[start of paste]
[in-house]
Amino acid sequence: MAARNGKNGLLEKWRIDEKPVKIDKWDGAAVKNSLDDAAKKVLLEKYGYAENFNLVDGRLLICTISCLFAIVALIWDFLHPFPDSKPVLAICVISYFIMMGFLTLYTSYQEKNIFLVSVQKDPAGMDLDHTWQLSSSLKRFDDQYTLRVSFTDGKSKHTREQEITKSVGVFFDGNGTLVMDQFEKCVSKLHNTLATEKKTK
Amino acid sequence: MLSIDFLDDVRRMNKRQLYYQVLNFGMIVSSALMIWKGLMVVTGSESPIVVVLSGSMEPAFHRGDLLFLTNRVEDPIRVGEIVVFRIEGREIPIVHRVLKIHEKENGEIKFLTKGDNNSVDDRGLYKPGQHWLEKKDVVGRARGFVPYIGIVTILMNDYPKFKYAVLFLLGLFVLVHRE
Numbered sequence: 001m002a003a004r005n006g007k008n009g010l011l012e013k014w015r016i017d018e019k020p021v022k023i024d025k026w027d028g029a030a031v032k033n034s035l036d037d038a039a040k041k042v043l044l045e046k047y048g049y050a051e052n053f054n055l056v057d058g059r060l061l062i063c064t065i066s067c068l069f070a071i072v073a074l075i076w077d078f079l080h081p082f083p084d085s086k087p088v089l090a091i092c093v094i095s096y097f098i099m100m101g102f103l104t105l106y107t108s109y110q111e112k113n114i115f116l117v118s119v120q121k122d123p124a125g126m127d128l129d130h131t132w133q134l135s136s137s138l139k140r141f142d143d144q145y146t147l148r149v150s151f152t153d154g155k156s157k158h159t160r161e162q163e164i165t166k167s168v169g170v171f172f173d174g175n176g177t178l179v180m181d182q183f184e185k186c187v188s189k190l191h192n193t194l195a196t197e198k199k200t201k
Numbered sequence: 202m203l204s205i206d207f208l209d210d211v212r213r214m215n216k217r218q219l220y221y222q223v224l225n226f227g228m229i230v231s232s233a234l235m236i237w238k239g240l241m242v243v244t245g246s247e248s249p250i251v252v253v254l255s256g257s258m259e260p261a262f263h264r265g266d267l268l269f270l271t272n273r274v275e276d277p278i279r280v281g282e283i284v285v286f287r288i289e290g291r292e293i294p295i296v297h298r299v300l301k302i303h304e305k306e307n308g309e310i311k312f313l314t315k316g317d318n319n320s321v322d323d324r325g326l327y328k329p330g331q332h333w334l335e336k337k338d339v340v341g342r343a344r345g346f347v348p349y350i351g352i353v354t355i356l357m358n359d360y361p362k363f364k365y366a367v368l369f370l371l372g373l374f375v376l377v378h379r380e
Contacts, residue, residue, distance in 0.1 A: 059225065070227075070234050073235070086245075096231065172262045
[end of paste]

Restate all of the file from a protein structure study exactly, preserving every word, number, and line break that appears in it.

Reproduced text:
[in-house]
Amino acid sequence: MAARNGKNGLLEKWRIDEKPVKIDKWDGAAVKNSLDDAAKKVLLEKYGYAENFNLVDGRLLICTISCLFAIVALIWDFLHPFPDSKPVLAICVISYFIMMGFLTLYTSYQEKNIFLVSVQKDPAGMDLDHTWQLSSSLKRFDDQYTLRVSFTDGKSKHTREQEITKSVGVFFDGNGTLVMDQFEKCVSKLHNTLATEKKTK
Amino acid sequence: MLSIDFLDDVRRMNKRQLYYQVLNFGMIVSSALMIWKGLMVVTGSESPIVVVLSGSMEPAFHRGDLLFLTNRVEDPIRVGEIVVFRIEGREIPIVHRVLKIHEKENGEIKFLTKGDNNSVDDRGLYKPGQHWLEKKDVVGRARGFVPYIGIVTILMNDYPKFKYAVLFLLGLFVLVHRE
Numbered sequence: 001m002a003a004r005n006g007k008n009g010l011l012e013k014w015r016i017d018e019k020p021v022k023i024d025k026w027d028g029a030a031v032k033n034s035l036d037d038a039a040k041k042v043l044l045e046k047y048g049y050a051e052n053f054n055l056v057d058g059r060l061l062i063c064t065i066s067c068l069f070a071i072v073a074l075i076w077d078f079l080h081p082f083p084d085s086k087p088v089l090a091i092c093v094i095s096y097f098i099m100m101g102f103l104t105l106y107t108s109y110q111e112k113n114i115f116l117v118s119v120q121k122d123p124a125g126m127d128l129d130h131t132w133q134l135s136s137s138l139k140r141f142d143d144q145y146t147l148r149v150s151f152t153d154g155k156s157k158h159t160r161e162q163e164i165t166k167s168v169g170v171f172f173d174g175n176g177t178l179v180m181d182q183f184e185k186c187v188s189k190l191h192n193t194l195a196t197e198k199k200t201k
Numbered sequence: 202m203l204s205i206d207f208l209d210d211v212r213r214m215n216k217r218q219l220y221y222q223v224l225n226f227g228m229i230v231s232s233a234l235m236i237w238k239g240l241m242v243v244t245g246s247e248s249p250i251v252v253v254l255s256g257s258m259e260p261a262f263h264r265g266d267l268l269f270l271t272n273r274v275e276d277p278i279r280v281g282e283i284v285v286f287r288i289e290g291r292e293i294p295i296v297h298r299v300l301k302i303h304e305k306e307n308g309e310i311k312f313l314t315k316g317d318n319n320s321v322d323d324r325g326l327y328k329p330g331q332h333w334l335e336k337k338d339v340v341g342r343a344r345g346f347v348p349y350i351g352i353v354t355i356l357m358n359d360y361p362k363f364k365y366a367v368l369f370l371l372g373l374f375v376l377v378h379r380e
Contacts, residue, residue, distance in 0.1 A: 059225065070227075070234050073235070086245075096231065172262045